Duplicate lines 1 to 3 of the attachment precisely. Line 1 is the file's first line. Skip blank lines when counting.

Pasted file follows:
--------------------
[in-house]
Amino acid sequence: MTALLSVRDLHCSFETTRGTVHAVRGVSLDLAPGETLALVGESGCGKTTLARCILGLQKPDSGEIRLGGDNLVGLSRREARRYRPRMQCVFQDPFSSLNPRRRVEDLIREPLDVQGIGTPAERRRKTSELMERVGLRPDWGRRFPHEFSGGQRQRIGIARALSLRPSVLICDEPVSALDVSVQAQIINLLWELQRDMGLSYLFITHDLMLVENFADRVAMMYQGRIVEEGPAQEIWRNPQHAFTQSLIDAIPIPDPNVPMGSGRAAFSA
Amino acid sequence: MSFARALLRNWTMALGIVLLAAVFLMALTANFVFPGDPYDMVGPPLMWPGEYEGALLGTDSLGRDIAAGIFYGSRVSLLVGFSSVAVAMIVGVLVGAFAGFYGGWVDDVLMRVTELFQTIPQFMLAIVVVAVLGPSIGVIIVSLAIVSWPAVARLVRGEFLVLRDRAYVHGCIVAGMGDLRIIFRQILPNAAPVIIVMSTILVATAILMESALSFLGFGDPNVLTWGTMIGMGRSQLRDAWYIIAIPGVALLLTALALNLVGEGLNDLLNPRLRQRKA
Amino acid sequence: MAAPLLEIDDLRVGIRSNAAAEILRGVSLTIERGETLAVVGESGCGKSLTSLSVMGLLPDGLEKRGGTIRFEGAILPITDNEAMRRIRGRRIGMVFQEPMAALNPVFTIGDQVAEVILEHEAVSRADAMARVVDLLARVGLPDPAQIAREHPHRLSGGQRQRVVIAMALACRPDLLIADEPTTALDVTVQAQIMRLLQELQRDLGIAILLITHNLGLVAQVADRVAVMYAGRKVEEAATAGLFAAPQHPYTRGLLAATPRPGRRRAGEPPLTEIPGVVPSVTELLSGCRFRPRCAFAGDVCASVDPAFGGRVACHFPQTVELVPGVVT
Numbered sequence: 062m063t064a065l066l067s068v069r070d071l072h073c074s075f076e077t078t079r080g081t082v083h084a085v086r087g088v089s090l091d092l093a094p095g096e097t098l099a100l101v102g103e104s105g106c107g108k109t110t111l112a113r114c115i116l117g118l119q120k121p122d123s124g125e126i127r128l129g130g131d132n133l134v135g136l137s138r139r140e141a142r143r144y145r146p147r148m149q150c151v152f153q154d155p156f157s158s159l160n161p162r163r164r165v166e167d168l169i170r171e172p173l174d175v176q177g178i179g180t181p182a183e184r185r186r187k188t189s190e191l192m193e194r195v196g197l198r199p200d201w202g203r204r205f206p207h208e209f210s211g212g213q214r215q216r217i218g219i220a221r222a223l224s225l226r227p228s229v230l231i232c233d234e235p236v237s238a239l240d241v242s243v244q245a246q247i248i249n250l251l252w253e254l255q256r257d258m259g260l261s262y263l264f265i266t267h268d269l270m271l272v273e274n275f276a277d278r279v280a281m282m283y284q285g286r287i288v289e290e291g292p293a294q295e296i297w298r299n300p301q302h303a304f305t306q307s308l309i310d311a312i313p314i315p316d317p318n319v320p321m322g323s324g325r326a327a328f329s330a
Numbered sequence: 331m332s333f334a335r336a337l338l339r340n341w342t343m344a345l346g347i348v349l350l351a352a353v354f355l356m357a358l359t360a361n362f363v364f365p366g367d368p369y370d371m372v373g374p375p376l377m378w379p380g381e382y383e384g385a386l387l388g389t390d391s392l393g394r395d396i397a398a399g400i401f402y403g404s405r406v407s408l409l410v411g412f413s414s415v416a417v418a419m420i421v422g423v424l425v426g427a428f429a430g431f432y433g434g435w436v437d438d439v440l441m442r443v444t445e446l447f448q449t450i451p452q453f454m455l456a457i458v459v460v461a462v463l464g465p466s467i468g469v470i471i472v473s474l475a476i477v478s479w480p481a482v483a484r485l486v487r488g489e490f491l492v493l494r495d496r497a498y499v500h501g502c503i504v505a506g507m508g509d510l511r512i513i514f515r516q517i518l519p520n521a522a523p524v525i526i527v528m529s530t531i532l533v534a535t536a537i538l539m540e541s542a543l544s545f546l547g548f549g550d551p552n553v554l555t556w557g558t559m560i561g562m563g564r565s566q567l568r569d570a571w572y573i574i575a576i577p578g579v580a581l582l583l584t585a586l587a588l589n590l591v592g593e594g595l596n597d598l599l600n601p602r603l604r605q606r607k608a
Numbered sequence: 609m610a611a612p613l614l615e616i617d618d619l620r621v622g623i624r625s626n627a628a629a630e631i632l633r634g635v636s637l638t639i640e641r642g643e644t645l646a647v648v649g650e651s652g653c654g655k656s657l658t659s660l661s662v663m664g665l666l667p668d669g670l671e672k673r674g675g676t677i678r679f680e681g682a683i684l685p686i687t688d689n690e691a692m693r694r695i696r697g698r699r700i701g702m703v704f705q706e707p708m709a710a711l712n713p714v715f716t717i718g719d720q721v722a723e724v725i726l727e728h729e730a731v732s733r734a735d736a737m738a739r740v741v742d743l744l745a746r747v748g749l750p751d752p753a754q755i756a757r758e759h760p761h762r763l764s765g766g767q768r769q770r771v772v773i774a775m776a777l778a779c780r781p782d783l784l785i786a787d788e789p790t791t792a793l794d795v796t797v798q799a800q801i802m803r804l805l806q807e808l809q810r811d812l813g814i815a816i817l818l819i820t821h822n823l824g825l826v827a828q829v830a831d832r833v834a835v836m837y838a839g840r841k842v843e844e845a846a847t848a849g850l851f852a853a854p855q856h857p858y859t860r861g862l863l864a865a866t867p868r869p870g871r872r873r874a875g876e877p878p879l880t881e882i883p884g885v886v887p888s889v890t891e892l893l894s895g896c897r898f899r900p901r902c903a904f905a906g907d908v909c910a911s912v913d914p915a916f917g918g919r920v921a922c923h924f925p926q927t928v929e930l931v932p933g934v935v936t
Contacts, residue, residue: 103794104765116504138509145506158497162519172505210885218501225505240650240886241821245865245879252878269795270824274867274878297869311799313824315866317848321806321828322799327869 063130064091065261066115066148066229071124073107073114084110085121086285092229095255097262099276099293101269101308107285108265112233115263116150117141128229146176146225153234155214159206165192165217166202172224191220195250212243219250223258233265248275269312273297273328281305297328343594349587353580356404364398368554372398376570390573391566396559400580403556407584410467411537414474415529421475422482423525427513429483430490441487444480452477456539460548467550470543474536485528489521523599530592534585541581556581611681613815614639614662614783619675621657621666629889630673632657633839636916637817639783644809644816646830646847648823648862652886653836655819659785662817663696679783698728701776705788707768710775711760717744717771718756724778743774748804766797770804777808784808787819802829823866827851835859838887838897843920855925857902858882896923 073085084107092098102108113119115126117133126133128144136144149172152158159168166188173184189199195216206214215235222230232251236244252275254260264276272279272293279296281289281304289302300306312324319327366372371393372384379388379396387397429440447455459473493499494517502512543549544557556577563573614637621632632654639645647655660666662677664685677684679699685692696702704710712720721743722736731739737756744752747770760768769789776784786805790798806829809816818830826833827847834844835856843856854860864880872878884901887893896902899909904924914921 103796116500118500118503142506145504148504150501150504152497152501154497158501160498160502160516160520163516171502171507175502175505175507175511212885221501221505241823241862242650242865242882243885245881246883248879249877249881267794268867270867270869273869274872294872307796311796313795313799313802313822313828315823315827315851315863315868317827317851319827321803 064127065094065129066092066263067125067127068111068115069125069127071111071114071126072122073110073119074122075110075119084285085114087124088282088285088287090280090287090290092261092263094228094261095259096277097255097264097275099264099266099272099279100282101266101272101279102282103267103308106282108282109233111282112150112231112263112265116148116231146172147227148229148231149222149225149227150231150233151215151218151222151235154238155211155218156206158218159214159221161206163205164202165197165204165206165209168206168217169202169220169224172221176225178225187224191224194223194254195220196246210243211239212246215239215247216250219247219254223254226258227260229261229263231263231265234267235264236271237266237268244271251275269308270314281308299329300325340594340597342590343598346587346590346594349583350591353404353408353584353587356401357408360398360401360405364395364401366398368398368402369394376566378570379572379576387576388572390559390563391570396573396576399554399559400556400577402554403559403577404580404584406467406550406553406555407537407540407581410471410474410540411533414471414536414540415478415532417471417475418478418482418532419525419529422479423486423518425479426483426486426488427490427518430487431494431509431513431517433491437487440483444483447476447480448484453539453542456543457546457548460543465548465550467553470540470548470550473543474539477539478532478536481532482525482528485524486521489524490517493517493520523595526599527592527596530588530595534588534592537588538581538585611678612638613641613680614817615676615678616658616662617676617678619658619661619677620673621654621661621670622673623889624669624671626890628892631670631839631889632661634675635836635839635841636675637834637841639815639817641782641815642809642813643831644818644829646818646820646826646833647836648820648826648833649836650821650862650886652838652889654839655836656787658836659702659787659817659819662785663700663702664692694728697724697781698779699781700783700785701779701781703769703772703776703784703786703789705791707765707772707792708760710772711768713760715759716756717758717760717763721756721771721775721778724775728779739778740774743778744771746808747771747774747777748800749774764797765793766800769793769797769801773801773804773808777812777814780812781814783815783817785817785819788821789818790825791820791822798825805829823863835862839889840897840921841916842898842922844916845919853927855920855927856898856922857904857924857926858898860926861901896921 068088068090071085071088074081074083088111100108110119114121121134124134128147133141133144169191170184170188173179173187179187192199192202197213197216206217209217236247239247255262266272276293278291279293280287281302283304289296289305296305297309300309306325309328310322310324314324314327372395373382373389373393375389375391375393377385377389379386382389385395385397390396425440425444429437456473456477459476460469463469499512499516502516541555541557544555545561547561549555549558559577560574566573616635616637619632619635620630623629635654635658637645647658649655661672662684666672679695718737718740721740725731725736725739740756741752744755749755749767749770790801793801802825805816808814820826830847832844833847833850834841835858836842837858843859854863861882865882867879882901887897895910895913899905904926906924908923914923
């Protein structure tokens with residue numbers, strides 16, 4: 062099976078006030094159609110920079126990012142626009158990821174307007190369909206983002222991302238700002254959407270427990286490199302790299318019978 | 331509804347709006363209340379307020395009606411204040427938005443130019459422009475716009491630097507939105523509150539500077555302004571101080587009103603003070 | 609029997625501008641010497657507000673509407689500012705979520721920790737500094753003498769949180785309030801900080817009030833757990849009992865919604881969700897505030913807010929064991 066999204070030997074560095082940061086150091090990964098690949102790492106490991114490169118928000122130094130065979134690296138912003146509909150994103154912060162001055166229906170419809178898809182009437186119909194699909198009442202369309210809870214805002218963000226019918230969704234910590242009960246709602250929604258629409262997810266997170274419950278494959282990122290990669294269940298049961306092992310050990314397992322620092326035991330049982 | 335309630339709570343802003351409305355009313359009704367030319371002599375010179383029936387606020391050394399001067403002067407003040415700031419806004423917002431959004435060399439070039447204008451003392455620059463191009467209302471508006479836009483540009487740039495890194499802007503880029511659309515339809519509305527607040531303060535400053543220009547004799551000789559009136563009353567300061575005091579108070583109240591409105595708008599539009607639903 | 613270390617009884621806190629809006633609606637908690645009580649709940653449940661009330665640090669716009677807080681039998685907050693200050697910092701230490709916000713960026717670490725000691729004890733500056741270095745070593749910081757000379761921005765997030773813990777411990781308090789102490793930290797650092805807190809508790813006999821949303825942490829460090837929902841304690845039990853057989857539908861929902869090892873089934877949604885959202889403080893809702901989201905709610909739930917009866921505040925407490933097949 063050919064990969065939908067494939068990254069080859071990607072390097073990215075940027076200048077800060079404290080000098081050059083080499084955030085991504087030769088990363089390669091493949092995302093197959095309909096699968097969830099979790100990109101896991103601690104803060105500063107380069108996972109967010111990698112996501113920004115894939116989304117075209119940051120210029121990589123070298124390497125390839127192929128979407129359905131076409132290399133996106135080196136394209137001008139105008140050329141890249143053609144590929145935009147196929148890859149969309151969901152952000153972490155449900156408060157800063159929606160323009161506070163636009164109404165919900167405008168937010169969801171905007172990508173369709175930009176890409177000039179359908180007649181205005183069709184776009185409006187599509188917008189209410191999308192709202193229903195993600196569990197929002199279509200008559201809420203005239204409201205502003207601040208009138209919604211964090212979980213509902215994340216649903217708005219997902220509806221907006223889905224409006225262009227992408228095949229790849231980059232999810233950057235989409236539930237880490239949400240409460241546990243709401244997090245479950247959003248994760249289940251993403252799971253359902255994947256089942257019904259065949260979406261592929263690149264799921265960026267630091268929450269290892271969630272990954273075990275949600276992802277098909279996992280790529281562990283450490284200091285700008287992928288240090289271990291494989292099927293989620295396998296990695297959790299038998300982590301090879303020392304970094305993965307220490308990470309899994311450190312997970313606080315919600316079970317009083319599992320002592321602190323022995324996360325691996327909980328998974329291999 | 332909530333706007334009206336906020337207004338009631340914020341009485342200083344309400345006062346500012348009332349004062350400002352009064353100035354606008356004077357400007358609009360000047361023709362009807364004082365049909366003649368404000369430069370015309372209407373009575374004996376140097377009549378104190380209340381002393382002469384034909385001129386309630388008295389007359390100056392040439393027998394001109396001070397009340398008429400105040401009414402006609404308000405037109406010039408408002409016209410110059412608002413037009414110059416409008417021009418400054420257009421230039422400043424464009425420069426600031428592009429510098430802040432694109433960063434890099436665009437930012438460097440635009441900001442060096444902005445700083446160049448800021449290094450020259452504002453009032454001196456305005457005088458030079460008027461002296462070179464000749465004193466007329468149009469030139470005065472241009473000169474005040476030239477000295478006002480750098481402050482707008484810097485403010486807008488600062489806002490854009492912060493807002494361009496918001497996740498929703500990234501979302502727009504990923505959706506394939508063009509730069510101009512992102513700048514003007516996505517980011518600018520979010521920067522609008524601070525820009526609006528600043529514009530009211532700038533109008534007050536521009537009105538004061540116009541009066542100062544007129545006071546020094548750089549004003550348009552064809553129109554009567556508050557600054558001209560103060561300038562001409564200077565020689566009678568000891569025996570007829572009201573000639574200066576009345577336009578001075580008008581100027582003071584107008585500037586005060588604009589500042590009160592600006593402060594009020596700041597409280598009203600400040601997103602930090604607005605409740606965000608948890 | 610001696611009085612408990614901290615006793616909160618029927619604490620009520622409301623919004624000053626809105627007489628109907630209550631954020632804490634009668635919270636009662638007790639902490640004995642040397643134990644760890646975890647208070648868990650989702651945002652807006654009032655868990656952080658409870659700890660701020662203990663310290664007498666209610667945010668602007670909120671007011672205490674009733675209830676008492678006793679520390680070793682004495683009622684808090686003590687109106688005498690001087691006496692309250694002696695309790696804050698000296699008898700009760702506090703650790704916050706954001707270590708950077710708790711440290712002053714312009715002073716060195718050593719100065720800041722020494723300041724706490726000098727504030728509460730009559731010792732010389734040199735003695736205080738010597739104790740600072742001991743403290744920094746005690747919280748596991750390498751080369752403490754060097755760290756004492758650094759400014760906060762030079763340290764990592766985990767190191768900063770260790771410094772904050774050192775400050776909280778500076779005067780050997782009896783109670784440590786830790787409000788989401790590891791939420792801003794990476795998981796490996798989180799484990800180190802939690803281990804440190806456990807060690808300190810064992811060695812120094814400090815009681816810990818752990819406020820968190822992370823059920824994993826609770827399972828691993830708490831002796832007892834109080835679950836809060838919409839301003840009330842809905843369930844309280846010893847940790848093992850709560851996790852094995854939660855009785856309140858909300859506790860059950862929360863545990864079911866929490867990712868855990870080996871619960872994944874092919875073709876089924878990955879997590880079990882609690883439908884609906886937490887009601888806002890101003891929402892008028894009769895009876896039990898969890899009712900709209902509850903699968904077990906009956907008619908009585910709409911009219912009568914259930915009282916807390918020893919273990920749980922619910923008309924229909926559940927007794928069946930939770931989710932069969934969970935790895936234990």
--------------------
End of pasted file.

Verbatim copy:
[in-house]
Amino acid sequence: MTALLSVRDLHCSFETTRGTVHAVRGVSLDLAPGETLALVGESGCGKTTLARCILGLQKPDSGEIRLGGDNLVGLSRREARRYRPRMQCVFQDPFSSLNPRRRVEDLIREPLDVQGIGTPAERRRKTSELMERVGLRPDWGRRFPHEFSGGQRQRIGIARALSLRPSVLICDEPVSALDVSVQAQIINLLWELQRDMGLSYLFITHDLMLVENFADRVAMMYQGRIVEEGPAQEIWRNPQHAFTQSLIDAIPIPDPNVPMGSGRAAFSA
Amino acid sequence: MSFARALLRNWTMALGIVLLAAVFLMALTANFVFPGDPYDMVGPPLMWPGEYEGALLGTDSLGRDIAAGIFYGSRVSLLVGFSSVAVAMIVGVLVGAFAGFYGGWVDDVLMRVTELFQTIPQFMLAIVVVAVLGPSIGVIIVSLAIVSWPAVARLVRGEFLVLRDRAYVHGCIVAGMGDLRIIFRQILPNAAPVIIVMSTILVATAILMESALSFLGFGDPNVLTWGTMIGMGRSQLRDAWYIIAIPGVALLLTALALNLVGEGLNDLLNPRLRQRKA